Background and aims: Percutaneous tumour ablation (PTA), such as ethanol injection and radiofrequency ablation, is now recognised as a primary treatment for hepatocellular carcinoma (HCC). Although PTA is a relatively safe procedure, it can cause biliary obstruction as a rare complication. As patients with cirrhosis undergoing surgery or endoscopic retrograde cholangiopancreatography/sphincterotomy have a high mortality rate from bleeding, we adopted the use of endoscopic papillary balloon dilatation (EPBD) in these patients and now report the results. We retrospectively analysed the incidence of biliary obstruction after PTA and the efficacy of treatment with EPBD.
Patients and methods: A total of 1043 patients with HCC were treated by PTA, of whom 538 were treated with transarterial embolisation with up to eight years of follow up.
Results: There were 17 (1.6%) cases of hilar obstruction due to tumour progression and 35 (3.4%) cases of extrahepatic obstruction. Apart from the expected causes of biliary obstruction (haemobilia n = 11, gallstones n = 11, and three miscellaneous causes), we found that 10 patients had obstruction due to biliary casts. This is the first description of biliary casts after percutaneous tumour ablation therapy. Extrahepatic biliary obstruction by procedure related haemobilia occurred within three days of PTA while other causes occurred between 0 and 17 (average 4.9) months. Biliary casts occurred more frequently after ethanol injection than after radiofrequency ablation. EPBD successfully dissipated biliary obstruction in 33 of 35 cases, while two died due to hepatic failure despite successful drainage.
Conclusions: Extrahepatic biliary obstruction is an uncommon complication after PTA for HCC, and can be safely and effectively treated with EPBD, despite impaired liver function.
biliary cast; haemobilia; choledocholithiasis; endoscopic papillary balloon dilatation; percutaneous ethanol injection therapy
We report 210 cases of external biliary fistula treated in our clinics between 1970–1992. In 7 cases, fistulas were formed after iatrogenic bile duct injury, in 4 cases after exploration of common bile duct, in 4 cases due to disruption of biliary-intestinal anastomosis, and in 2 cases due to liver trauma. In 85 cases bile leak was observed after cholecystomy, in 103 cases after hydatid disease surgery, and in 4 cases after the passage of P.T.C. catheter. In one patient the appearance of the fistula was due to spontaneous discharge of a gallbladder empyema. 173 cases were managed conservatively, and 37 cases surgically.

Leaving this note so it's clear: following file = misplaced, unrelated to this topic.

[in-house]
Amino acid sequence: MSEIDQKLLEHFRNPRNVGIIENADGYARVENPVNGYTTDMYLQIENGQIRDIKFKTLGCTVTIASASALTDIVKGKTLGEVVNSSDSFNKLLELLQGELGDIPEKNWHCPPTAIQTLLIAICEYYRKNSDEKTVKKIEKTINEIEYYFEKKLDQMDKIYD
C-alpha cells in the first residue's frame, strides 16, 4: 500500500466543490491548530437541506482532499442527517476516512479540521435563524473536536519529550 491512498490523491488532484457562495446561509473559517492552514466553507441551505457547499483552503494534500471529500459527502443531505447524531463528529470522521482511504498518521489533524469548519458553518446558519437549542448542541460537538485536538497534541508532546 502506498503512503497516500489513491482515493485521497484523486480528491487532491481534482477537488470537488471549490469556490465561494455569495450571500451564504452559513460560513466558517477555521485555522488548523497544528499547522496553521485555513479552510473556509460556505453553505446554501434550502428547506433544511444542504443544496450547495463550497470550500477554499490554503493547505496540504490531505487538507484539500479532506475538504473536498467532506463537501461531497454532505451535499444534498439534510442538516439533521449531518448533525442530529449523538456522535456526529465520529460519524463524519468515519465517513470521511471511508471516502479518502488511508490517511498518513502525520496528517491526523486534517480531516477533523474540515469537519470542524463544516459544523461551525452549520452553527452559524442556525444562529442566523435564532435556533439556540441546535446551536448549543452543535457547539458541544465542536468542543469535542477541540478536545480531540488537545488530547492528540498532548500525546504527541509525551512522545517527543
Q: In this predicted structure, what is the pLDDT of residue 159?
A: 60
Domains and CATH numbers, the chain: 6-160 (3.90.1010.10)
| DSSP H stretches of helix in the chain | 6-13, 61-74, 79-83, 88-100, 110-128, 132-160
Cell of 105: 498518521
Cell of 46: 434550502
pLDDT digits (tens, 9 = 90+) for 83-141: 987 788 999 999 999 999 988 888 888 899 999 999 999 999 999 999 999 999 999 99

Over the past decade, radiofrequency ablation (RFA) has evolved into an important therapeutical tool for the treatment of non resectable primary and secondary liver tumors. The clinical benefit of RFA is represented in several clinical studies. They underline the safety and feasibility of this new and modern concept in treating liver tumors. RFA has proven its clinical impact not only in hepatocellular carcinoma (HCC) but also in metastatic disease such as colorectal cancer (CRC). Due to the increasing number of HCC and CRC, RFA might play an even more important role in the future. Therefore, the refinement of RFA technology is as important as the evaluation of data of prospective randomized trials that will help define guidelines for good clinical practice in RFA application in the future. The combination of hepatic resection and RFA extends the feasibility of open surgical procedures in patients with extensive tumors. Adverse effects of RFA such as biliary tract damage, liver failure and local recurrence remain an important task today but overall the long term results of RFA application in treating liver tumors are promising. Incomplete ablation of liver tumors due to insufficient technology of ablation needles, tissue cooling by the neighbouring blood vessels, large tumor masses and ablation of tumors in close vicinity to heat sensitive organs remain difficult tasks for RFA. Future solutions to overcome these limitations of RFA will include refinement of ultrasonographic guidance (accuracy of probe placement), improvements in needle technology (e.g. needles preventing charring) and intraductal cooling techniques.
Radiofrequency ablation; Hepatocellular carcinoma; Thermoablation; Colorectal cancer; Liver metastases
To assess the technical feasibility and local efficacy of biplane fluoroscopy plus US-guided percutaneous radiofrequency ablation (RFA) for viable hepatocellular carcinoma (HCC) around retained iodized oil after transcatheter arterial chemoembolization (TACE).
Materials and Methods
Our prospective study was approved by our institutional review board and informed consent was obtained from all participating patients. For patients with viable HCC around retained iodized oil after TACE, biplane fluoroscopy plus US-guided RFA was performed. We evaluated the rate of technical success and major complications on a post-RFA CT examination and local tumor progression with a follow-up CT.